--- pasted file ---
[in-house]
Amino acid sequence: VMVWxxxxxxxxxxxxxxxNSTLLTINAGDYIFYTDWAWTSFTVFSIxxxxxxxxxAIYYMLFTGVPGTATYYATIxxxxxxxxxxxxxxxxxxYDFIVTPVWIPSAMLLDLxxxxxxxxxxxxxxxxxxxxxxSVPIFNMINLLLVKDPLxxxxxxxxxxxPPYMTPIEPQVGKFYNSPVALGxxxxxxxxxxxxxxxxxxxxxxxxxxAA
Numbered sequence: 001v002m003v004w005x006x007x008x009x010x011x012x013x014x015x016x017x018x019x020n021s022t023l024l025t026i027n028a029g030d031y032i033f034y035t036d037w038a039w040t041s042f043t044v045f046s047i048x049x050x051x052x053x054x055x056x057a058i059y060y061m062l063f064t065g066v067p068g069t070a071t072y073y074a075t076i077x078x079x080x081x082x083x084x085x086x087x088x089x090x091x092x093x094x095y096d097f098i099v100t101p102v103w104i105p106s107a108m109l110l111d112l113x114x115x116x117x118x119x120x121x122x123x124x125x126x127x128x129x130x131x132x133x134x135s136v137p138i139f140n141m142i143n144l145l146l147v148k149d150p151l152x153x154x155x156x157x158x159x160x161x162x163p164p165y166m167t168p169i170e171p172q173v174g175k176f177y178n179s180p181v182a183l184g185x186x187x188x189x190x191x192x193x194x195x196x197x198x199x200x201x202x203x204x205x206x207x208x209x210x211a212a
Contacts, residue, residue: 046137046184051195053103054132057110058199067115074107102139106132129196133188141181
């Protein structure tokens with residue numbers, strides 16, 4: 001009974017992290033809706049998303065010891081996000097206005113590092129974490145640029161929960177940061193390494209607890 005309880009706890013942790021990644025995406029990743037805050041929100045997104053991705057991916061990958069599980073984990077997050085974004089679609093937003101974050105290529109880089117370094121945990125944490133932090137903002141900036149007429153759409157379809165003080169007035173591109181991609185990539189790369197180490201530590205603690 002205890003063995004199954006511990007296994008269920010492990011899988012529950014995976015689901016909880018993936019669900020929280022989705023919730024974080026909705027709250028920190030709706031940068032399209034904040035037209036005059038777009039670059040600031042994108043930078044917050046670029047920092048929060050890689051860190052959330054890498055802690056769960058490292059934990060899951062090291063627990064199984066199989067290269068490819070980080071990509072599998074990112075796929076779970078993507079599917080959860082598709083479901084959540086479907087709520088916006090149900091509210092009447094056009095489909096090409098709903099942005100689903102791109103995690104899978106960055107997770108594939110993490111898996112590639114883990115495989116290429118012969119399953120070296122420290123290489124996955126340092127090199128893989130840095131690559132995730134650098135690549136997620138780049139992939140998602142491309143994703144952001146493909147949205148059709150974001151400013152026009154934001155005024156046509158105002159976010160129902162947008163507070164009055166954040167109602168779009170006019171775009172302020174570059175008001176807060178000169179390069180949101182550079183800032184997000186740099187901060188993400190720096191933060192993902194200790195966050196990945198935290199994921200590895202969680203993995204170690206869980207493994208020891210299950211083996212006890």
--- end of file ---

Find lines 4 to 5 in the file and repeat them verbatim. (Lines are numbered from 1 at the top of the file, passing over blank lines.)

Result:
Contacts, residue, residue: 046137046184051195053103054132057110058199067115074107102139106132129196133188141181
């Protein structure tokens with residue numbers, strides 16, 4: 001009974017992290033809706049998303065010891081996000097206005113590092129974490145640029161929960177940061193390494209607890 005309880009706890013942790021990644025995406029990743037805050041929100045997104053991705057991916061990958069599980073984990077997050085974004089679609093937003101974050105290529109880089117370094121945990125944490133932090137903002141900036149007429153759409157379809165003080169007035173591109181991609185990539189790369197180490201530590205603690 002205890003063995004199954006511990007296994008269920010492990011899988012529950014995976015689901016909880018993936019669900020929280022989705023919730024974080026909705027709250028920190030709706031940068032399209034904040035037209036005059038777009039670059040600031042994108043930078044917050046670029047920092048929060050890689051860190052959330054890498055802690056769960058490292059934990060899951062090291063627990064199984066199989067290269068490819070980080071990509072599998074990112075796929076779970078993507079599917080959860082598709083479901084959540086479907087709520088916006090149900091509210092009447094056009095489909096090409098709903099942005100689903102791109103995690104899978106960055107997770108594939110993490111898996112590639114883990115495989116290429118012969119399953120070296122420290123290489124996955126340092127090199128893989130840095131690559132995730134650098135690549136997620138780049139992939140998602142491309143994703144952001146493909147949205148059709150974001151400013152026009154934001155005024156046509158105002159976010160129902162947008163507070164009055166954040167109602168779009170006019171775009172302020174570059175008001176807060178000169179390069180949101182550079183800032184997000186740099187901060188993400190720096191933060192993902194200790195966050196990945198935290199994921200590895202969680203993995204170690206869980207493994208020891210299950211083996212006890």